Best uses for the Sujihiki knife
- Deli meats and charcuterie: things like pastrami, prosciutto, salamis, and hams
- Hotpot dishes where very fine slices of meat are the star
- Japanese teriyaki cuisine where meats and fish are thin sliced
- The preparation of sandwiches like the Philly Cheesesteak
- Barbeque pits and outdoors meat grilling
- Roasted meat carvery: joints of beef, lamb, pork, briskets or rolled hams
- Dried meat/fish products (jerky)
- Cutting up large pieces of either meat or fish into manageable portions
- Sashimi and sushi preparation, particularly sushi rolls
What not to use a Sujihiki knife for
As the best Sujihiki knives are made from carbon steel, you wouldn’t want to use them on large bones or hard seafood shells as this could lead to chipping or micro chipping of the blade’s edge.
For heavy cutting through carcasses or disjointing of dense meat with bones, the heavier cleaver would be a far more appropriate tool.
Now let’s look at a contemporary of the Sujihiki knife, its very similar ‘cousin’ the Yanagiba, the Japanese fish slicing pro!
What is a Yanagiba knife?
The Yanagiba knife is Japan’s raw fish knife, it’s used only for the preparation of dishes like sushi and sashimi. The name ‘Yanagiba’ means ‘willow leaf blade’ and this well describes its long and tapering shape.
Yanagiba knife design
Like the Sujihiki knife, the Yanagiba is also long and thin in shape and made commonly from carbon steel. A Yanagiba will usually measure 8 to 14 inches in length.
The Yanagiba has a sleek and pointy shape to the blade, somewhat like a shark. It’s a single bevel knife meaning it has only 1 edge to the blade. Its long blade allows this knife to move in one ‘draw cutting’ motion through even a very large fish like a giant salmon. Precision cuts using this technique mean that less energy is used by the chef and less precious fish flesh is wasted!
The single bevel nature of the Yanagiba does need getting used to though for users unfamiliar with single bevel knives, and it’s important that the customer gets a single bevel knife suited to their handedness or they may struggle with the knife steering to one side as they cut.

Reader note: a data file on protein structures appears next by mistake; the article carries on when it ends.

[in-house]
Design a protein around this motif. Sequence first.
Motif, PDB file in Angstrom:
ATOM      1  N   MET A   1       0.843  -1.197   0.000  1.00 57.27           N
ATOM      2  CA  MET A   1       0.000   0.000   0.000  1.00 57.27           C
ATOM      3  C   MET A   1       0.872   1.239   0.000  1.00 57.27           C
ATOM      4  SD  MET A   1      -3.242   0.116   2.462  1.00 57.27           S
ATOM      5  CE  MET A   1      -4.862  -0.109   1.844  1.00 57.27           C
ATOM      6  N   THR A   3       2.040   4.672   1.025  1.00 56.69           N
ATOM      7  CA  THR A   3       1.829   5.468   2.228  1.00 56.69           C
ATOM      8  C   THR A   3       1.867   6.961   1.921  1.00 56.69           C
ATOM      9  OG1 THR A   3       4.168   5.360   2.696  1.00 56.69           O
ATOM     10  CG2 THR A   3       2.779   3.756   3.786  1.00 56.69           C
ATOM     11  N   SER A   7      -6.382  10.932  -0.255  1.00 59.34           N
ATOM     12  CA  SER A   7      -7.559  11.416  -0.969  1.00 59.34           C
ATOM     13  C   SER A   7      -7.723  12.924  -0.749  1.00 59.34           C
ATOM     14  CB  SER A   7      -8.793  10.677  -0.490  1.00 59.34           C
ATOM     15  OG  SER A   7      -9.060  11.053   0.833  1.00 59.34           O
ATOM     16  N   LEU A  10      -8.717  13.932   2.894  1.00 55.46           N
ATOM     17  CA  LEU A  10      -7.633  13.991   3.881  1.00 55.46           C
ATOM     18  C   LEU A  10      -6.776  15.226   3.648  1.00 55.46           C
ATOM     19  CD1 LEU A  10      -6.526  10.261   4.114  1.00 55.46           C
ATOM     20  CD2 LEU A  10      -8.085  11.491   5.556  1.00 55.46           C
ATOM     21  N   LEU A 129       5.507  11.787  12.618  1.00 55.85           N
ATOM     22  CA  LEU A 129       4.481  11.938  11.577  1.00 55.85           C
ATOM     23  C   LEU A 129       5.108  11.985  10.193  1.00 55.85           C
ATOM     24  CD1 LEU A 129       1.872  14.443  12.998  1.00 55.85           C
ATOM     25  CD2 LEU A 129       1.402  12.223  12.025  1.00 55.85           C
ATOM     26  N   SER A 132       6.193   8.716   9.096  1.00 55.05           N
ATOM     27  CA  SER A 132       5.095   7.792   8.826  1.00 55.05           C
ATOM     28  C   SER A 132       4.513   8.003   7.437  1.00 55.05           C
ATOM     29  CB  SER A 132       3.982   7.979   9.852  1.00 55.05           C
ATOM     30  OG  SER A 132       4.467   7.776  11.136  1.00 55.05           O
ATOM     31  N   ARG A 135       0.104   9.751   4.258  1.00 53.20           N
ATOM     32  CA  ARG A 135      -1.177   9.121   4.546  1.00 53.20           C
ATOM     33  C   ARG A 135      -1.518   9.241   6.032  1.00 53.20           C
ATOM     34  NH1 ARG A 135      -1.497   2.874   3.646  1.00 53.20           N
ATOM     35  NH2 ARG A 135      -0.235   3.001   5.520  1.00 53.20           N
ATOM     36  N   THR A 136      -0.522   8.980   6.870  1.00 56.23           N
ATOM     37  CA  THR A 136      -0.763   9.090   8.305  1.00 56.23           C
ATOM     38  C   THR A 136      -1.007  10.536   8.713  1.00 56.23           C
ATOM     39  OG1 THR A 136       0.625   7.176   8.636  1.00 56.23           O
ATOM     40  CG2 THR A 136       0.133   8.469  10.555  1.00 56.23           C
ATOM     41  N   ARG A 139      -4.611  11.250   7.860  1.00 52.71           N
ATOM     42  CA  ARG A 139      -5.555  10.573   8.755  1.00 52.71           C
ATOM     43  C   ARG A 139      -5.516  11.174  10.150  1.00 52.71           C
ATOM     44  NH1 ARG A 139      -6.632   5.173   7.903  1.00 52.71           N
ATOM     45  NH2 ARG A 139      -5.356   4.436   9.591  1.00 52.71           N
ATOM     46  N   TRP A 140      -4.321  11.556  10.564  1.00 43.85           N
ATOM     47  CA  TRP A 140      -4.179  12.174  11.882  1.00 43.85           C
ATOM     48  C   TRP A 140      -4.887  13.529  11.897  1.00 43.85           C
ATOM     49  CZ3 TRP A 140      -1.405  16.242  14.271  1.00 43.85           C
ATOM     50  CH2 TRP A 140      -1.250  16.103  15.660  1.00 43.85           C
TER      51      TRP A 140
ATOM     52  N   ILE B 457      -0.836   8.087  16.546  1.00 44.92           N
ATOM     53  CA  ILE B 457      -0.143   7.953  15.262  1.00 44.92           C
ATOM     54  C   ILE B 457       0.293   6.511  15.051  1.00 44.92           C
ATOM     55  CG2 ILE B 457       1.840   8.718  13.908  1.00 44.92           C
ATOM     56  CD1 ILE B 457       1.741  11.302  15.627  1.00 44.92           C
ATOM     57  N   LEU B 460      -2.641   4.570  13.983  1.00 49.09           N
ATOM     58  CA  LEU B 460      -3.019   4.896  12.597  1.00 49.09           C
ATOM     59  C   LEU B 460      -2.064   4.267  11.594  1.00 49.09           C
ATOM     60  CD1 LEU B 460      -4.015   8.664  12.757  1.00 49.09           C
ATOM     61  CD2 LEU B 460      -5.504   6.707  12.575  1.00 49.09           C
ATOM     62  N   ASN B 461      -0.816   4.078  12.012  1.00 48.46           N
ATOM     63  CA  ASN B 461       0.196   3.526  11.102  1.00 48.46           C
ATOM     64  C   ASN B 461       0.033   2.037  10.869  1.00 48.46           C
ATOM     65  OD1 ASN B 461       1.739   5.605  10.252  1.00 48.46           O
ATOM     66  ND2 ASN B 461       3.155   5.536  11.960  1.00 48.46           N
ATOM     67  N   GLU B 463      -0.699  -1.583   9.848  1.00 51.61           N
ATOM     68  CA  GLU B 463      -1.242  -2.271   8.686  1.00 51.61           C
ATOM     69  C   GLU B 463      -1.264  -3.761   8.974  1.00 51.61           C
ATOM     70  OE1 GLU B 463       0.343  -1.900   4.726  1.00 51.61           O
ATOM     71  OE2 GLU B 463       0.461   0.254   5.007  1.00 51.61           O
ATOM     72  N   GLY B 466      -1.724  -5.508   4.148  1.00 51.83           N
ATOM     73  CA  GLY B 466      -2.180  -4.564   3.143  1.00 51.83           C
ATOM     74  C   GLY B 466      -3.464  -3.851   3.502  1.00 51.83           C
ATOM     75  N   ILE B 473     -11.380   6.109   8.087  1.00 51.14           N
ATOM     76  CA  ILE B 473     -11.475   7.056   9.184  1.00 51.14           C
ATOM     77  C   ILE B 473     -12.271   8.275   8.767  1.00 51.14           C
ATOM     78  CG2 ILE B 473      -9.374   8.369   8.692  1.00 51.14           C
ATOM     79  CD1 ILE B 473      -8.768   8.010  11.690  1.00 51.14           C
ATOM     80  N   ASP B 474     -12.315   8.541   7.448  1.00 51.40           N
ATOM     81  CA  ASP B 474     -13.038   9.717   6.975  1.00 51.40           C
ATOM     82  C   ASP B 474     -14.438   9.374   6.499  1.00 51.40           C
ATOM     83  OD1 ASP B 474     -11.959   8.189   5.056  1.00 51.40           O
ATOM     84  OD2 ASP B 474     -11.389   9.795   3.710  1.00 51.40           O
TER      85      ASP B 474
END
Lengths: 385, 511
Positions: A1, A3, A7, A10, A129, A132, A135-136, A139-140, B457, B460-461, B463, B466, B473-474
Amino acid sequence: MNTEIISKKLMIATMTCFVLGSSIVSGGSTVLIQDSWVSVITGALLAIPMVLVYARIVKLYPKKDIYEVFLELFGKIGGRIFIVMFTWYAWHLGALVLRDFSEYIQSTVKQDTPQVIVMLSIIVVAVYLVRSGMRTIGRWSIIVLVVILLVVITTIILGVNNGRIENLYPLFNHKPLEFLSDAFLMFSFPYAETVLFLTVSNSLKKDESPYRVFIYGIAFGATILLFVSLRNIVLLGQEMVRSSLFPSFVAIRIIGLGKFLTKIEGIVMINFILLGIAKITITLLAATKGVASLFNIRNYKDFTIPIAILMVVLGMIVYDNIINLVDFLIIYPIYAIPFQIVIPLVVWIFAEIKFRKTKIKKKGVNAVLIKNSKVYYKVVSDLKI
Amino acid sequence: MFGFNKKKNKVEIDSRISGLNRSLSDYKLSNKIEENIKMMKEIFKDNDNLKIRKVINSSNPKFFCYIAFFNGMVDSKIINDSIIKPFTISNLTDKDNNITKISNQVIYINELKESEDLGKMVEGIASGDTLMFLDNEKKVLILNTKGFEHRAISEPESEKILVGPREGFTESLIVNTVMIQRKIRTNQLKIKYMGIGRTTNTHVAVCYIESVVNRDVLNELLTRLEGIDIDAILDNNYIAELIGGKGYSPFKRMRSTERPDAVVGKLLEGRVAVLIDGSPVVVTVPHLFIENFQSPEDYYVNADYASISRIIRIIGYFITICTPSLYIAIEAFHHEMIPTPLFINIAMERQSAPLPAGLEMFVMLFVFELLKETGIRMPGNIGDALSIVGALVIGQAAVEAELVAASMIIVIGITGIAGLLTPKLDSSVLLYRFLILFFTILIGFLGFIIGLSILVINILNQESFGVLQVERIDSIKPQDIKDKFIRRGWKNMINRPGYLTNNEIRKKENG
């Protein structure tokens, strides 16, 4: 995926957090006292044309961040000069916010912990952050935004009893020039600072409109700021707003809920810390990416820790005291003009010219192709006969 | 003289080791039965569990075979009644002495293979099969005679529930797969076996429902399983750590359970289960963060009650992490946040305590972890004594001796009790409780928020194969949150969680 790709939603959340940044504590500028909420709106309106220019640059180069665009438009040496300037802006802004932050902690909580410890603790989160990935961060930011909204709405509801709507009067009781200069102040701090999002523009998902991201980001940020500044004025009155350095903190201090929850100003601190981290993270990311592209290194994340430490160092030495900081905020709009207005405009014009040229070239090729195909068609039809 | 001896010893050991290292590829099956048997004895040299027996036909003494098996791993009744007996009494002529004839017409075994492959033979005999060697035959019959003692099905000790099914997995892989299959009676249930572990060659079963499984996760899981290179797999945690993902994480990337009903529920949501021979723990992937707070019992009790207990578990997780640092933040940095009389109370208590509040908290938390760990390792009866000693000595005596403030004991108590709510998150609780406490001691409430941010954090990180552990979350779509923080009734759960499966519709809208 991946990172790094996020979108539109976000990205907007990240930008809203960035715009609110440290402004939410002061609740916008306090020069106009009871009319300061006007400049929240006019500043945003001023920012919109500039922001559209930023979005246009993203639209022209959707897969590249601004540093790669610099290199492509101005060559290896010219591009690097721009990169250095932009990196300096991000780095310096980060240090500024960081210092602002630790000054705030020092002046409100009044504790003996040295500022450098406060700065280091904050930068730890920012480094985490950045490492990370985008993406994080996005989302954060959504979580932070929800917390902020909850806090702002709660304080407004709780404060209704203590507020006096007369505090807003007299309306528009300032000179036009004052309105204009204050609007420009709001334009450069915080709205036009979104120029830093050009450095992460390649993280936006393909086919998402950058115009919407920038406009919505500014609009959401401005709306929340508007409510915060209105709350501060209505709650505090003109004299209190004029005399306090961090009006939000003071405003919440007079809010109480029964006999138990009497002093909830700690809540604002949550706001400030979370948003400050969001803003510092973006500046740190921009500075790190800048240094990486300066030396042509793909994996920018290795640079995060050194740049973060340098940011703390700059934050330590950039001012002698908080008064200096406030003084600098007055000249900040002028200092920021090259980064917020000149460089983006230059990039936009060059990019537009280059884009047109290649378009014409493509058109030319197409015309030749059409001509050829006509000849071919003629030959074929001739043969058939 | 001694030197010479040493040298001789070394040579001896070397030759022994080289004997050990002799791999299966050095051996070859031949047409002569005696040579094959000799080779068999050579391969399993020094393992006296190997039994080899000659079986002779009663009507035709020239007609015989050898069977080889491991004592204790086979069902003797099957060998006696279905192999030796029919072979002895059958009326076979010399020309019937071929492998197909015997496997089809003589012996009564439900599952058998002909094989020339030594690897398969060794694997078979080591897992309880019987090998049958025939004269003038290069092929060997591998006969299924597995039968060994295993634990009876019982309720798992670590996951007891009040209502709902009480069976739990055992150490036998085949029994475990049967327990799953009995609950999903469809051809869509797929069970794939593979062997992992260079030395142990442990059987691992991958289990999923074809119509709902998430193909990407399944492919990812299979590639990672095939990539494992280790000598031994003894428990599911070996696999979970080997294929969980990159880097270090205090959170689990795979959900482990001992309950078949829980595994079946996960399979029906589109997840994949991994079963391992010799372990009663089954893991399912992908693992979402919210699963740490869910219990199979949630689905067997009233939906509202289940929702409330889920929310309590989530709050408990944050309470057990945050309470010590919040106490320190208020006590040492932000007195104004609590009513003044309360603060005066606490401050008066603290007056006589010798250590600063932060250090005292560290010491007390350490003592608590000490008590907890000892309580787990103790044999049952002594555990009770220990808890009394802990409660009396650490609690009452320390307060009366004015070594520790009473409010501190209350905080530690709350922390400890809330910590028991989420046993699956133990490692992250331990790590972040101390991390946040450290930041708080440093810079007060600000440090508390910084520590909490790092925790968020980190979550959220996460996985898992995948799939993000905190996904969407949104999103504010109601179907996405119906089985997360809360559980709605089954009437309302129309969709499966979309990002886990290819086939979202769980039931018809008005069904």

The Yanagiba, like the Sujihiki knife is extremely sharp. This is crucial for working with raw and very expensive fish or seafood ingredients as it allows the knife to glide through delicate flesh and muscle fibers without causing damage to the cellular structure.
This is critical to both the serving size cut and the presentation and accuracy of the work done by the sushi or sashimi chef. With premium ingredients being incredibly expensive and fragile, these chefs need to portion with minute detail and attention to the structure of the ingredient they are slicing.
Today Japanese knife makers like to conform to Western tastes by offering Western style handles on Yanagiba, but the traditional ‘wa’ handle for the Yanagiba is also available, it all depends on what look and what feel in the hand the customer is looking for.
Best uses for the Yanagiba knife
This knife was designed with raw fish in mind. Its application is seen in dishes like sashimi, sushi, nigiri, maki rolls and so on.
The Yanagiba is a ‘full service’ knife meaning that it can take the sushi chef from skinning, trimming, and breaking down a fish to slicing that same fish into paper thin slices for eye pleasing display that tempts the palate.
With a surgically precise blade the Yanagiba can process a whole fish from head to tail with MINIMAL waste, this is so important in restaurant economics and to maintain healthy profit margins.